By Ashley Boyle
Ever since Honey Boo Boo graced our television screens in 2012, we have questioned whether Toddlers & Tiaras is morally acceptable. Children as young as 3 can take part in pageants where they showcase their best outfits, catwalks and talents and whilst the hit American show was entertaining, it received a lot of backlash and criticism from viewers who felt that the parents were too pushy with their kids and deprived them of their childhood.
Dee Thompson, mother to 13 year old Sienna Demontis, talks about her daughter competing in pageants on a BBC ‘Inside Out’ report, which was broadcast on Monday and available on iPlayer. It looks closely at how her life has changed since becoming Junior Miss Galaxy UK. At first glance, the young girl looks like a winner: she’s pretty; slim and bears a beaming smile throughout, but is she really any different to the other pretty girls competing?
When Sienna fist took part in a photoshoot as a present for her mother, she had no idea she would soon become Junior Miss Galaxy UK and go on to compete in Orlando for the International title. This opening line is the perfect story for someone against beauty pageants and feels strongly that parents are brainwashing their kids to be the best. Her mother sources all her makeup, jewellery and outfits, however, Dee is adamant that all final decisions are made by Sienna. But, let’s be honest, what parent is going to voluntarily admit to being a pushy parent? Pageanting becomes as much of an obsession for the adults as it does to the kids. This kind of behaviour may be the result of a missed opportunity or an aspiration that was not fulfilled in earlier life, which ultimately can be satisfied by the younger and prettier versions of themselves succeeding.
Whilst support from family and friends was abundant, Sienna, like many young girls, found herself the victim of bullies. She was attacked verbally, physically with a hockey stick and told over social media that she only won because of makeup. Teenage years are complicated enough when you are developing physically and emotionally, and pageants will have a different effect on people’s lives depending on how they deal with stress. Some may see it as a challenge, something to work towards and conquer and others may feel it emotionally drains them.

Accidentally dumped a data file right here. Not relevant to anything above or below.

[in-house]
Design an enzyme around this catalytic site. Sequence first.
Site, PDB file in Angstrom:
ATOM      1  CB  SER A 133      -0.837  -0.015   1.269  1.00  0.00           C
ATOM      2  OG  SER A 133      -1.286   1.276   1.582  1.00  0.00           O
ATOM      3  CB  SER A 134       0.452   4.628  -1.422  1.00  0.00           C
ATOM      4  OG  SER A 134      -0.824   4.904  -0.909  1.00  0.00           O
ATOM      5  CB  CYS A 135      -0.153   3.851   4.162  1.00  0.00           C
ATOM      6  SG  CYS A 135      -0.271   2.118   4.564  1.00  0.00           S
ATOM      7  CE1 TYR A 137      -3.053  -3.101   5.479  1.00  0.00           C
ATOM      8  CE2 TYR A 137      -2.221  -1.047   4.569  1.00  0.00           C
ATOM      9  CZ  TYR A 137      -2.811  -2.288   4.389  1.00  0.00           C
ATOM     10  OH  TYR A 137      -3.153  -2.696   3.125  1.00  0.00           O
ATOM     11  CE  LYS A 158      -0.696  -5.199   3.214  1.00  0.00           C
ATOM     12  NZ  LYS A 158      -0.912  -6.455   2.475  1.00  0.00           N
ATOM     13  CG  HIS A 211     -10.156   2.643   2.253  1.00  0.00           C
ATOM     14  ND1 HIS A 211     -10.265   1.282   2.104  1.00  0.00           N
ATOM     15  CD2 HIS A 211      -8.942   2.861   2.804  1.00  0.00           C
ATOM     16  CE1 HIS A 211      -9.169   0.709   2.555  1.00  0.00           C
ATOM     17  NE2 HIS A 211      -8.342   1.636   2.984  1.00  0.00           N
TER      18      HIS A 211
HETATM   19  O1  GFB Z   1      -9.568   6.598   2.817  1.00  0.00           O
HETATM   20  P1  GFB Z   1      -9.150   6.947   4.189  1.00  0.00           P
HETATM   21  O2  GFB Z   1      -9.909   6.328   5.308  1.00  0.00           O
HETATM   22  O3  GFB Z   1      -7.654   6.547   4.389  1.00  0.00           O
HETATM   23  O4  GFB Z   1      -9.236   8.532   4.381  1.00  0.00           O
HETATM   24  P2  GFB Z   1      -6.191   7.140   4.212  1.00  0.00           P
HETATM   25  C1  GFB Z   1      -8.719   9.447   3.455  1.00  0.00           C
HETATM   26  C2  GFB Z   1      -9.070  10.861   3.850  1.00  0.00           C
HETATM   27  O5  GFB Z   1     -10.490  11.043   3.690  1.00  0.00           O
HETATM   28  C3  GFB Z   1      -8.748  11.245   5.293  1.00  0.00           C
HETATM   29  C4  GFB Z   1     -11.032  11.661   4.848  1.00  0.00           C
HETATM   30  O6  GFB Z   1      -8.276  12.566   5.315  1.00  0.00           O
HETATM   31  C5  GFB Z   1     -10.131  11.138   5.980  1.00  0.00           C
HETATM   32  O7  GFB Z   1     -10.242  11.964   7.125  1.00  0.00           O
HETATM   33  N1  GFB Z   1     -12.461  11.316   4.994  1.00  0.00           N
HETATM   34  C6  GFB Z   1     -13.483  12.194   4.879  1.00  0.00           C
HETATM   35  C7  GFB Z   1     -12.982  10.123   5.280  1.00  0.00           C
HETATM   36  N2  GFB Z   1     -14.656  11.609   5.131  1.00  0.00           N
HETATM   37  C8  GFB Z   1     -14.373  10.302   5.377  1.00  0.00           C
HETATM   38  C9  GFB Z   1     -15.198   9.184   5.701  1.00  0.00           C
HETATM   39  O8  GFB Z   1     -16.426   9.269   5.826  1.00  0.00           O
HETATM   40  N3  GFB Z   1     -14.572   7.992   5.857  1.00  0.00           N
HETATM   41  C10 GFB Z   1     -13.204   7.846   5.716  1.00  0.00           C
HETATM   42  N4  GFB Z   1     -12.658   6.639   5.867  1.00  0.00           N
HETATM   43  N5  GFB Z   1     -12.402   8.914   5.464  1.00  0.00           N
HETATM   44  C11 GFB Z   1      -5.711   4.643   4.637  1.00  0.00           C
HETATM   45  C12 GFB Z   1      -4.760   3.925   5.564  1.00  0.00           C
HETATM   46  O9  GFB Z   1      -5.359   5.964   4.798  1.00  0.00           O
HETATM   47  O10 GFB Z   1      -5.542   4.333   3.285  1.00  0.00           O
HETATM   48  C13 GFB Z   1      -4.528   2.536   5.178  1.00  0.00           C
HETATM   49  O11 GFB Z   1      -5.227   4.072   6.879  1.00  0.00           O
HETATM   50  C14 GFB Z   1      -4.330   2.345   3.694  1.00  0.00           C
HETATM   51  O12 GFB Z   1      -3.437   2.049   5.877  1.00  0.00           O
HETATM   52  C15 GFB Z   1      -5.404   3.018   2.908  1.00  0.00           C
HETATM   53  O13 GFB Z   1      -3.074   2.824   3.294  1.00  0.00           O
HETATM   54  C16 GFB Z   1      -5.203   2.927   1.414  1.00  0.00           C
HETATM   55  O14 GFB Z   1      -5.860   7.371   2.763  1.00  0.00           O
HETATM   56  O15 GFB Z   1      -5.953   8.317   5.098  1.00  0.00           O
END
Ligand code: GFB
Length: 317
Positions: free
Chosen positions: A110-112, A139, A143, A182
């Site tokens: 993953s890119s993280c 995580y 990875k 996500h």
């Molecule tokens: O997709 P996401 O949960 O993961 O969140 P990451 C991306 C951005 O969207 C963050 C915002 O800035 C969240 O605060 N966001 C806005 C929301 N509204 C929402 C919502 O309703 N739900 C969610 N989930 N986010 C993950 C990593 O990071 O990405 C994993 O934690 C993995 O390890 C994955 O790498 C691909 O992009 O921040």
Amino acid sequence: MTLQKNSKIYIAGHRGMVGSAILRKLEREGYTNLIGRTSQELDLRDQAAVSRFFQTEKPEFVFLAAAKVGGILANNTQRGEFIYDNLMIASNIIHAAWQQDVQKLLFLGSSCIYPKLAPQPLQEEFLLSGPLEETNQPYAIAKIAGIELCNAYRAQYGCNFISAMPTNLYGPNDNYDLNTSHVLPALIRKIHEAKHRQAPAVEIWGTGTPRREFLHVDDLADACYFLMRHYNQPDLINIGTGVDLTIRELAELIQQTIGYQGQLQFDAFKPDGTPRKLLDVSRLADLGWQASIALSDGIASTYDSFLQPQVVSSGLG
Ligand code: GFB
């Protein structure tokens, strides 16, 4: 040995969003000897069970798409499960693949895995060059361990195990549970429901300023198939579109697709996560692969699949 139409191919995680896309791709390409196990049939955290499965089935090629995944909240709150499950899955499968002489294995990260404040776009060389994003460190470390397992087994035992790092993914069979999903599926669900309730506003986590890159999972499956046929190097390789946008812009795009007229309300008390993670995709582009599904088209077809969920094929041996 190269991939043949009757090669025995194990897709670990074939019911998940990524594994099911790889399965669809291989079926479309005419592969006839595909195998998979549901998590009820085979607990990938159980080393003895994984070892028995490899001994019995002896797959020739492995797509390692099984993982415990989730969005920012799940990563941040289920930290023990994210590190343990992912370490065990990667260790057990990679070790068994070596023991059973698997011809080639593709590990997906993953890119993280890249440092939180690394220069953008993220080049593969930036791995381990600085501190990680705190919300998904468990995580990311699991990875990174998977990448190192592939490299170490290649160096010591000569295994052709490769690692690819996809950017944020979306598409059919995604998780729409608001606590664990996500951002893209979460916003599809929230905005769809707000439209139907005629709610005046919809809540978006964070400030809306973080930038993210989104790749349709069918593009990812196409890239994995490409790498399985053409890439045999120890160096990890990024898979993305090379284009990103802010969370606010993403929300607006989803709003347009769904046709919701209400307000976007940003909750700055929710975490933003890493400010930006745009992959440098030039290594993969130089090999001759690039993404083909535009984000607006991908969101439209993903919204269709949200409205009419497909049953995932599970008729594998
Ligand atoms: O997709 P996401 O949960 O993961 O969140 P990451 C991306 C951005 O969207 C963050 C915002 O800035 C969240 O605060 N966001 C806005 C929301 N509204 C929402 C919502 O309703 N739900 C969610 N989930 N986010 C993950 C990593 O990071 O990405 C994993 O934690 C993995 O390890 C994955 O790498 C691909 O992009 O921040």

Sienna, like many other girls in pageants, has found herself inundated with extra work, such as modelling jobs and television adverts, but whilst the foundations of a successful career are put in place, the underlying issue is that this may be replacing valuable school time. A premature career could cost these girls an education.
While there are a lot of girls who come out of this with a positive attitude and more confidence, for the girls who are less successful, losing could damage them greatly, especially for younger girls who cannot understand why they aren’t the ones wearing a sparkly tiara and sash. I feel younger children and toddlers shouldn’t be deprived of the opportunity, but should be less intense than that of pageants for teens and young adults.
The report certainly makes you rethink whether pageants are beneficial for the youngsters. Whilst many will criticise and speculate whether this is a force for good, the report sheds some light on how young women are challenging these ideas and stereotypes. If they work hard, enjoy the process and proceed to have successful careers and confident, positive attitudes then why should they be denied these opportunities?